A heart-breaking, unforgettable and incredible story that will stay with you long after you've finished it. It is difficult to believe it's a debut as you read the travails of young Shuggie, his alcoholic mother Agnes and see inside their dysfunctional family life in 1980s working-class Glasgow. It's a powerful story with unflinching honesty that will no doubt make you cry. It shows the power of love and despite the bleak subject matter, it's incredibly tender, hopeful and oh so readable. It's a triumph.
A huggable, squeezable, gloriously uplifting debut and LoveReading Star Book that warmed my heart and made me smile. Amy Ashton sees beauty in things most people would throw away, her house is now overflowing with the items she has collected and bordering on dangerous. When she discovers a mystery that needs to be unravelled, she begins to confront her past. We meet a withdrawn and lonely Amy in the present, and then a second time frame joins the story, taking us back to 1998. Eleanor Ray releases information from the past with perfect timing, each new moment explaining and allowing access to Amy in the present. As each memory highlights a decision, my thoughts expanded and Amy began to take up residence in my heart. The surrounding characters are gorgeous (in particular Charles and his JCBs), and bring an energy that flows through the pages towards Amy. Radiating empathy and emotion Everything Is Beautiful is just what the world needs to take us forward into 2021. The LoveReading LitFest invited Eleanor Ray to the festival to talk about this wonderful debut Everything is Beautiful. You can view the event by subscribing to the LitFest programme for as little as £6 per month - or you can pay per view. For just £2, go, see Eleanor in conversation with Paul Blezard and find out all about why you should read this stunning debut.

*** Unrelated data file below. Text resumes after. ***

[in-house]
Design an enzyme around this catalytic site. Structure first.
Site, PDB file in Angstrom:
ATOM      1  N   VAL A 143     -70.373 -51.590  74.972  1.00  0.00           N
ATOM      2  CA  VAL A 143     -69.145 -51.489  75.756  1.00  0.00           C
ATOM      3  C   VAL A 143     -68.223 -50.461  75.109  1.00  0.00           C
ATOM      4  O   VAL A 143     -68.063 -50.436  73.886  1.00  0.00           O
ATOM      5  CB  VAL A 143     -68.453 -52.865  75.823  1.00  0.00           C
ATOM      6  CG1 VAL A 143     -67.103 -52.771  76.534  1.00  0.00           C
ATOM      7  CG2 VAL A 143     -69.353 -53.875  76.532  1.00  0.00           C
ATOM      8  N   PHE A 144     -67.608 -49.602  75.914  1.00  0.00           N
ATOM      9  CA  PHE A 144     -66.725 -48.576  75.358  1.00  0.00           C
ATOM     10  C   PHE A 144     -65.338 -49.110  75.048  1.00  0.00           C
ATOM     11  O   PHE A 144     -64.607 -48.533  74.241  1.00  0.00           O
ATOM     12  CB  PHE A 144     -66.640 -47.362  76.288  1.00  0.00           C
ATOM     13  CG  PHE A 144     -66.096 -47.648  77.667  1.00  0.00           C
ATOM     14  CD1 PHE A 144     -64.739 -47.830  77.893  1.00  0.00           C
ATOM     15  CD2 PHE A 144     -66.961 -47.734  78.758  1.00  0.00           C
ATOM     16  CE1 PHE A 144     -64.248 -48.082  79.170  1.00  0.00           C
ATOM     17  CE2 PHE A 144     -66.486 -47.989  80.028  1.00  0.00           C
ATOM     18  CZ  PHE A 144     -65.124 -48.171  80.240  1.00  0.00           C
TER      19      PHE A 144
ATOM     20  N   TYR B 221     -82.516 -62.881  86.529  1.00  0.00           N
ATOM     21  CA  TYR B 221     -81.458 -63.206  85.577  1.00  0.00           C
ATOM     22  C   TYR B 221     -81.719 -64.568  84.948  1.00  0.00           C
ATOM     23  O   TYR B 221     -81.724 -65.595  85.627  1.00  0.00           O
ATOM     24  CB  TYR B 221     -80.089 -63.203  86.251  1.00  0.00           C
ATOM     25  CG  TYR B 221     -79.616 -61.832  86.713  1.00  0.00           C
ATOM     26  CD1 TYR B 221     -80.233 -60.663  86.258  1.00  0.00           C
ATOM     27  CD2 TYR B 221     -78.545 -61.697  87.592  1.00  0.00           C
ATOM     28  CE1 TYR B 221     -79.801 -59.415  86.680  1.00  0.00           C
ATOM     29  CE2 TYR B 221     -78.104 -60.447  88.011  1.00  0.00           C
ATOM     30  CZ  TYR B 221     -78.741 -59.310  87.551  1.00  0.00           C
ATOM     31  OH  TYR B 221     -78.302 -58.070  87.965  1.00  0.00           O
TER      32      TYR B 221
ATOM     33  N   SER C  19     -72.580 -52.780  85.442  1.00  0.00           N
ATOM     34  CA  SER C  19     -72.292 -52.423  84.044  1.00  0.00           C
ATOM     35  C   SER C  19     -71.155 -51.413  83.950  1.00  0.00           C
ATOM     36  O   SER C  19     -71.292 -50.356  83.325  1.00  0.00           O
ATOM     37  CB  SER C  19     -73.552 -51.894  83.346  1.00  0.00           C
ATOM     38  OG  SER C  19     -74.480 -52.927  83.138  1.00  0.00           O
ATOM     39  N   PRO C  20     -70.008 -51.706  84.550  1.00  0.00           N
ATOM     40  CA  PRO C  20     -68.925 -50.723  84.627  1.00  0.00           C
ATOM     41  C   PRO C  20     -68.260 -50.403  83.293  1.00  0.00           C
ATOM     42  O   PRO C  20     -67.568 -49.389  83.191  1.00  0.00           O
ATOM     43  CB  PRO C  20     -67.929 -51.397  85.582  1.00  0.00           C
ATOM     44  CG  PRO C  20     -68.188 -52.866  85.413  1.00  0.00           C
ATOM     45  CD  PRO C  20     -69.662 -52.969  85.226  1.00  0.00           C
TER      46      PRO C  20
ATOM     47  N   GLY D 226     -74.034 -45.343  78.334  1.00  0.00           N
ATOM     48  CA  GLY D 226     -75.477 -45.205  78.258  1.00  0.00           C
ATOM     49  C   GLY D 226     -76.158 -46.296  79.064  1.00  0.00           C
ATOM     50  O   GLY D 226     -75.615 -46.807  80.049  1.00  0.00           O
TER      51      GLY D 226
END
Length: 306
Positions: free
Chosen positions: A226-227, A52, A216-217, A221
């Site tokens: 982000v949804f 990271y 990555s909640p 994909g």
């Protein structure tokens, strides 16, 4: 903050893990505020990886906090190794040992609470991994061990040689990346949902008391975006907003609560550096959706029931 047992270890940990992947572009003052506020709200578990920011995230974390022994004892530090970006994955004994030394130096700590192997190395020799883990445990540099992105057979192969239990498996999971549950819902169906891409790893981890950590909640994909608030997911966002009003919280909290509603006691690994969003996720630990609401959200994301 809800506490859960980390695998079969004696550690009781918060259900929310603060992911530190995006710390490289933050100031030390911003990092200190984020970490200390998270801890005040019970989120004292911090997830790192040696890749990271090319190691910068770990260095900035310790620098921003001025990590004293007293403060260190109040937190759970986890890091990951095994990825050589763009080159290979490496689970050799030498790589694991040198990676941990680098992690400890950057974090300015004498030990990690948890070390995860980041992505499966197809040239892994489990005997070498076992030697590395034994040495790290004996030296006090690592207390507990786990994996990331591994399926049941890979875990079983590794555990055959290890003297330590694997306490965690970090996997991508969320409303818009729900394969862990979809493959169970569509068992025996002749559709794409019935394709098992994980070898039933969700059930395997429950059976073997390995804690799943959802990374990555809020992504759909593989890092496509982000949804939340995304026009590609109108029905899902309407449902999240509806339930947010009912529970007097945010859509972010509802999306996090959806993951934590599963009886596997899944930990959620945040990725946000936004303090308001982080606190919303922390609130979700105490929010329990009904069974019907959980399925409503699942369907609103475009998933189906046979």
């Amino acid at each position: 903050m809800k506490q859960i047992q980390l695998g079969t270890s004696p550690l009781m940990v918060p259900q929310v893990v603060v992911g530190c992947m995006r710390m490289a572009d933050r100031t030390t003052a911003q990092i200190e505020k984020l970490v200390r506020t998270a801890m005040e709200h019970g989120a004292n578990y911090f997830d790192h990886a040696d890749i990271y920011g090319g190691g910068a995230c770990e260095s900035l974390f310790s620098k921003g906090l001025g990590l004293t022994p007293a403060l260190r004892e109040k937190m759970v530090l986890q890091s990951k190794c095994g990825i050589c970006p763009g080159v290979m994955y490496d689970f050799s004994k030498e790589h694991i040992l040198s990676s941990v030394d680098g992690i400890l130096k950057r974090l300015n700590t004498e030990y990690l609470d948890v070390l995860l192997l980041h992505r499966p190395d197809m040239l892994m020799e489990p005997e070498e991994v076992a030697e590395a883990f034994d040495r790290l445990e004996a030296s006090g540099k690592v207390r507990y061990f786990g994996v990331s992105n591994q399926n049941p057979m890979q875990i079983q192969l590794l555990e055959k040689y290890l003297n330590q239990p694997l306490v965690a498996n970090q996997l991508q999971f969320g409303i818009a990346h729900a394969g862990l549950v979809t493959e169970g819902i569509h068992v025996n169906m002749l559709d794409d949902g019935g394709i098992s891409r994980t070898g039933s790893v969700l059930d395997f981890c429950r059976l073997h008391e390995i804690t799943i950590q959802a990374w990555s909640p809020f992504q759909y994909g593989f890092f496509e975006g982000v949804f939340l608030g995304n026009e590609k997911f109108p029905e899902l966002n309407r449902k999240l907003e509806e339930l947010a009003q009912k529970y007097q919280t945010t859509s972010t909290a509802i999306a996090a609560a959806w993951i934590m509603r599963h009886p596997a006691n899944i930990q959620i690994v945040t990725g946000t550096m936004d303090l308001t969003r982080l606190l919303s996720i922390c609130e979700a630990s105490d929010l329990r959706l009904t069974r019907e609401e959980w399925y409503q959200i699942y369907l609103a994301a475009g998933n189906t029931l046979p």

This smart psychological thriller slowly and intricately builds layers of tension into a wealthy, modern family setting. Alone at antenatal class after being let down by her family, Helen finds herself talking to Rachel. Rachel, unsettling, overly enthusiastic and inquisitive, begins to push her way into Helen’s life learning every little family secret. This is Katherine Faulkner’s debut, she is an award-winning journalist and Joint Head of News at The Times. The first few pages opened up ‘afterwards’, setting the tone of the story and ensuring that knowledge stayed with me throughout. Returning to ‘before’, I discovered a labyrinthine of snippets and tidbits of information as I read. They caught at the edge of my awareness, digging, pointing, creating suspense. I hovered on the edge of relationships, viewing rather than immersing myself in particular personalities. This lead to me wondering and questioning, investing in the storyline. On occasion I was confident that I knew what was happening, but I changed my mind several times! Even if you find that you are right, there are still surprises along the way. This book really does serve as a reminder that from the outside everything can appear perfect, but of course the inside can be an entirely different place. Encouraging you to stay alert and pay attention to the smallest of details, Greenwich Park is an intelligent and stimulating slow-burner of a read.